Nik Kershaw

English singer-songwriter
English pop songwriter and performer; enjoyed scattershot successes since the 1980s.
BornMarch 1, 1958
HometownBristol, England
Net worth$20 million
Height5'4" (1.63m)
SpouseSarah Kershaw (m 2009 - present) , Sheri Kershaw (m 1983 - 2003)

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Nik Kershaw interview: ‘The Smiths hated me – we had stare-offs on Top of the Pops’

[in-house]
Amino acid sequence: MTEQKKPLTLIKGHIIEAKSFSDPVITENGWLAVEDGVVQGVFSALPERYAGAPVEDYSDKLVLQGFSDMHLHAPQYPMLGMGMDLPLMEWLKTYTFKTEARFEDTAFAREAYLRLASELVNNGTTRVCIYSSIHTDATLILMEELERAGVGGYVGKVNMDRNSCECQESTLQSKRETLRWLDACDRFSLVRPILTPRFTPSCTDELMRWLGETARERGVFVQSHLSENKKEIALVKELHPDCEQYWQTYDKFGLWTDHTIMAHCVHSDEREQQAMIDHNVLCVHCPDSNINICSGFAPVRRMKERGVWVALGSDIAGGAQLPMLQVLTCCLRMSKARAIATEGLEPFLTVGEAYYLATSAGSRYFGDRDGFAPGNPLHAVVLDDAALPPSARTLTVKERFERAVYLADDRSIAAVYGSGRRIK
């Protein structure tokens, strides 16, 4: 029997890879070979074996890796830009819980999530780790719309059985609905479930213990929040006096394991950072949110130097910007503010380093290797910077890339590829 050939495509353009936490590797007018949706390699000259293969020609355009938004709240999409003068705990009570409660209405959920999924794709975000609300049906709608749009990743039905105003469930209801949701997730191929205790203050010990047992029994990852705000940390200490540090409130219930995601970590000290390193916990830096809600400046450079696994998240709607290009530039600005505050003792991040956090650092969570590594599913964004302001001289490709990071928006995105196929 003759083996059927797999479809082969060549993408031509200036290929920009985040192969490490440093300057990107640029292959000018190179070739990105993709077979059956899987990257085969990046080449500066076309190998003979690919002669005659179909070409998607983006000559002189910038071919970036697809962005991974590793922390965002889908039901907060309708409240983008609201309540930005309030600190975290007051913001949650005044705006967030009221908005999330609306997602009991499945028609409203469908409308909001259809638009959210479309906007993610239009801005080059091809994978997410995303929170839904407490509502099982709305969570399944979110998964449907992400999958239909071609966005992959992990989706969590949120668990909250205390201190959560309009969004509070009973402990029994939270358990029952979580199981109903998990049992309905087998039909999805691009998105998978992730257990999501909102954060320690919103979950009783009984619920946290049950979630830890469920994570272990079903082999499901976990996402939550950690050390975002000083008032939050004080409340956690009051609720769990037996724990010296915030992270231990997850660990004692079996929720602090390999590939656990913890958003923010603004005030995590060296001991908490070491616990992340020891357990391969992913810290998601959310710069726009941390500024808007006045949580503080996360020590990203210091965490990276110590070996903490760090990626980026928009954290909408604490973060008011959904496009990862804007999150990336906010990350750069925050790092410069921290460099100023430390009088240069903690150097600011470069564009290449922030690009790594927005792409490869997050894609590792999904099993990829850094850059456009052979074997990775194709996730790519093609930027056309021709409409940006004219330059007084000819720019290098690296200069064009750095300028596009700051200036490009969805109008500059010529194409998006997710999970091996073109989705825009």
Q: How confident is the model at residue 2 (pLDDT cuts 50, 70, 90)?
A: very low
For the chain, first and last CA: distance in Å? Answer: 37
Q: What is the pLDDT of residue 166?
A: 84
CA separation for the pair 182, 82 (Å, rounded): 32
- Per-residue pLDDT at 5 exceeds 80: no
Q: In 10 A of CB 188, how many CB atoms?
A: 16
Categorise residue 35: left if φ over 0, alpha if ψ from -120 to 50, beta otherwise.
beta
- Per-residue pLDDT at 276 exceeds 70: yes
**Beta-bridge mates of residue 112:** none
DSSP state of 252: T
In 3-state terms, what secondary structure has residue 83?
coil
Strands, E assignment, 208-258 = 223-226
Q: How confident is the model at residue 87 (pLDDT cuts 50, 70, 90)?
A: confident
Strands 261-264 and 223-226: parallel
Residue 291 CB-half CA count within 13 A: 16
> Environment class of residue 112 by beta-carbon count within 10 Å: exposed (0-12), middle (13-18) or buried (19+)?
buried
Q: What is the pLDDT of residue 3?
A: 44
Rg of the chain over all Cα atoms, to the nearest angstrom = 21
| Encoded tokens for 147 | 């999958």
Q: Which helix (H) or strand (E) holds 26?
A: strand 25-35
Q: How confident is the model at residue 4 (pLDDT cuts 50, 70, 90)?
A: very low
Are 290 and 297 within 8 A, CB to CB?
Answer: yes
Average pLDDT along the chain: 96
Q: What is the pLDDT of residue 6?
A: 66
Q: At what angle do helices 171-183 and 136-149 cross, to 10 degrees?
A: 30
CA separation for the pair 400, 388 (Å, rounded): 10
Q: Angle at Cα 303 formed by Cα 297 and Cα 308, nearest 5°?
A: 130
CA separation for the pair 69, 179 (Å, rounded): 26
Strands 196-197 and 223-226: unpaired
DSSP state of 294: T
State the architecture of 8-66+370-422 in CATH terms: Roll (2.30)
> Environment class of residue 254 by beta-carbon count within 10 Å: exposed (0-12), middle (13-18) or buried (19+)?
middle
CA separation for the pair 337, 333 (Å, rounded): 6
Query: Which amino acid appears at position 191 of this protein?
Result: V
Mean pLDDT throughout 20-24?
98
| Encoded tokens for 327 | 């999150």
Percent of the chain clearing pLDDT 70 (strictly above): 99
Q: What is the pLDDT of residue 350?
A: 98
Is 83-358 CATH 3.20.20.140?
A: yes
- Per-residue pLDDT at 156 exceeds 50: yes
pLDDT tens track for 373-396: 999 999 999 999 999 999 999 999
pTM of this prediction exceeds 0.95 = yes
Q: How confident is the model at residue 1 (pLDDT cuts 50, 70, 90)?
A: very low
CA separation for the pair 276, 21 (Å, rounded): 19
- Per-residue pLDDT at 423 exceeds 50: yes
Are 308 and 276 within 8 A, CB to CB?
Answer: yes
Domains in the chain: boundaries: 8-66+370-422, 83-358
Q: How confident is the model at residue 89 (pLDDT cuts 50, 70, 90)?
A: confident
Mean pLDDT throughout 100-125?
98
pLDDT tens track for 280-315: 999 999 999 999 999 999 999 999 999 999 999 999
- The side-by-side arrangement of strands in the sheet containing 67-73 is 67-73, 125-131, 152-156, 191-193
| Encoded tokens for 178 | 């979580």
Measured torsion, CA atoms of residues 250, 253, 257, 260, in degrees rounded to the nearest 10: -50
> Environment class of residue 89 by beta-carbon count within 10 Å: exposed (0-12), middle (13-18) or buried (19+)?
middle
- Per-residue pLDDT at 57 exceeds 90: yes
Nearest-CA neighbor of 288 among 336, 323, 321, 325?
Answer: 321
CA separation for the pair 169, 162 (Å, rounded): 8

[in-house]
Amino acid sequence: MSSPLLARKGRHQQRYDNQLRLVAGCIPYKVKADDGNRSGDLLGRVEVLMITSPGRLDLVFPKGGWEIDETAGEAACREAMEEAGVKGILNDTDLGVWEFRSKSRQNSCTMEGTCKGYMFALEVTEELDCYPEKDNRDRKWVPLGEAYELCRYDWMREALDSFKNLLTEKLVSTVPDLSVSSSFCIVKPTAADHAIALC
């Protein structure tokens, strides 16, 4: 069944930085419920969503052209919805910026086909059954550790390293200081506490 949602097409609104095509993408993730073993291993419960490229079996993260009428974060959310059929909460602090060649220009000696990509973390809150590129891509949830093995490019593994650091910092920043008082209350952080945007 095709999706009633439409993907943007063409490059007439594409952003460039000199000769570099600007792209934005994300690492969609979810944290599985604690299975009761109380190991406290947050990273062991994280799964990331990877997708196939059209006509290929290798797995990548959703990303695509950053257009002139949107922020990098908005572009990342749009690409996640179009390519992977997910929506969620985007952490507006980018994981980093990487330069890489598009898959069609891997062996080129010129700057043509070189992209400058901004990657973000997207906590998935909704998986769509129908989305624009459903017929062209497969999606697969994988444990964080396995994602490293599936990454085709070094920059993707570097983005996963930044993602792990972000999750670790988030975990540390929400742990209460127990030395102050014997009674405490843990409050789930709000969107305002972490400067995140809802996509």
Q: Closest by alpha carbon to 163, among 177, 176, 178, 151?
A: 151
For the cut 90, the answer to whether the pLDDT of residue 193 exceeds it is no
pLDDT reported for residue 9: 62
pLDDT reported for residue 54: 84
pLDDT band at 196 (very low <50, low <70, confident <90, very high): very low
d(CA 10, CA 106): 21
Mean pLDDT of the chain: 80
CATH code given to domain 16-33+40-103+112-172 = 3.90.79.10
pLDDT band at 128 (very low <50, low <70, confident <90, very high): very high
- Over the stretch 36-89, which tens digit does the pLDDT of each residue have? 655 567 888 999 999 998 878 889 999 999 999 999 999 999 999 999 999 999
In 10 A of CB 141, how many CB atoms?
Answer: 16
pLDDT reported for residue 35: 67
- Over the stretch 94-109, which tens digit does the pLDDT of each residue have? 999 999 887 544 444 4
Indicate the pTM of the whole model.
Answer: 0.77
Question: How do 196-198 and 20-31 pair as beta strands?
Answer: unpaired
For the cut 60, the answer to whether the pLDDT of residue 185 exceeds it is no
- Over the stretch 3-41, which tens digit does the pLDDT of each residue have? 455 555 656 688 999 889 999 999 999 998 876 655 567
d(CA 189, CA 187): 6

• It’s 11.30am or thereabouts on Monday, so it’s time for Nik Kershaw to get out the wine. “We were drinking this,” the musician is saying, hefting into laptop-screen view a bottle of Gevrey-Chambertin. It just so happens that the 1980s pop star, responsible for retro-radio staples Wouldn’t It Be Good, I Won’t Let the Sun Go Down on Me and The Riddle, has to hand a bottle of the same red wine he enjoyed one fateful Sunday at Elton John’s Windsor estate. (Probably not the same pricey vintage, he points out, but you get the picture.) In late 1984, the year of his chart breakthrough, Kershaw – now a well-preserved 62 years old, with a grey buzzcut and a larky sense of humour – had been friends with John for a short but intense-sounding time. The latter had championed the young, Bristol-born, Suffolk-raised synth-pop singer after a joint Radio 1 gig at Wembley. Later, he invited Kershaw to a gig in Paris, “and we got chatting, and started hanging out a bit. Then he invites me to Sunday lunch. “We went for a walk in the woods at the back of his property, and when we came back, he told me put my shoes by the door. Then when I went to leave, the shoes had been cleaned by some minion. My shoes have never been as clean, before or since. A different f---ing planet… And that was the world I lived in, back in 1984!” Kershaw says with a laugh and a shrug. Over a lunch of roast beef and Gevrey-Chambertin (“his favourite”), John told Kershaw that he had “just got a bunch of lyrics over from Bernie Taupin, and he’d spent two weeks making demos. We finished lunch and I asked if he could play them to me. Brilliant! Demos for an Elton John album? Of course I want to hear them! “So he played me about eight of them, then looked at me and said: ‘So which ones do you want to play on?’ Really? So I picked three, and Nikita was one of them. We ended up at Jimmy Page’s studio at the time, The Mill, and spent a day putting down the rhythm tracks.” That, he adds, “was a blast”, and how, aged 26, he came to play guitar on Nikita, a UK number 3, US number 7 and a global 1985 smash for John (with a video directed by Ken Russell).

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